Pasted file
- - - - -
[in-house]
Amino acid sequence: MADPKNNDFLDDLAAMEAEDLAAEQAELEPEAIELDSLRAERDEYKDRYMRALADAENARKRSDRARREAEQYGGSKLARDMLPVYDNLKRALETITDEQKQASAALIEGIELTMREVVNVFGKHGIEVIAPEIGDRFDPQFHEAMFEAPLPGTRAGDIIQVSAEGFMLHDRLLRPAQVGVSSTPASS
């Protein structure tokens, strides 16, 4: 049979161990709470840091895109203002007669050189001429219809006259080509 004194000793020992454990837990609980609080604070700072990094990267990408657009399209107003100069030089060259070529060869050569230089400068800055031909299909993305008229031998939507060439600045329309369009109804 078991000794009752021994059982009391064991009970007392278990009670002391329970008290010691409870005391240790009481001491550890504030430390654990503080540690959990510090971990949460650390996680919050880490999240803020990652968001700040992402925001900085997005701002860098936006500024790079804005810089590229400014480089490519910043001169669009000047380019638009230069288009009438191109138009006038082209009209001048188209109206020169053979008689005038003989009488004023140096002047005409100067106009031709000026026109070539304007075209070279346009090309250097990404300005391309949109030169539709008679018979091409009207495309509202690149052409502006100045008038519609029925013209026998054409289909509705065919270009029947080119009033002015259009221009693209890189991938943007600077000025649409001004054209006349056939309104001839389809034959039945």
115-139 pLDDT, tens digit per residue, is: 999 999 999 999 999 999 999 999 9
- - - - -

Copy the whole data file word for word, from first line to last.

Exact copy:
[in-house]
Amino acid sequence: MADPKNNDFLDDLAAMEAEDLAAEQAELEPEAIELDSLRAERDEYKDRYMRALADAENARKRSDRARREAEQYGGSKLARDMLPVYDNLKRALETITDEQKQASAALIEGIELTMREVVNVFGKHGIEVIAPEIGDRFDPQFHEAMFEAPLPGTRAGDIIQVSAEGFMLHDRLLRPAQVGVSSTPASS
């Protein structure tokens, strides 16, 4: 049979161990709470840091895109203002007669050189001429219809006259080509 004194000793020992454990837990609980609080604070700072990094990267990408657009399209107003100069030089060259070529060869050569230089400068800055031909299909993305008229031998939507060439600045329309369009109804 078991000794009752021994059982009391064991009970007392278990009670002391329970008290010691409870005391240790009481001491550890504030430390654990503080540690959990510090971990949460650390996680919050880490999240803020990652968001700040992402925001900085997005701002860098936006500024790079804005810089590229400014480089490519910043001169669009000047380019638009230069288009009438191109138009006038082209009209001048188209109206020169053979008689005038003989009488004023140096002047005409100067106009031709000026026109070539304007075209070279346009090309250097990404300005391309949109030169539709008679018979091409009207495309509202690149052409502006100045008038519609029925013209026998054409289909509705065919270009029947080119009033002015259009221009693209890189991938943007600077000025649409001004054209006349056939309104001839389809034959039945």
115-139 pLDDT, tens digit per residue, is: 999 999 999 999 999 999 999 999 9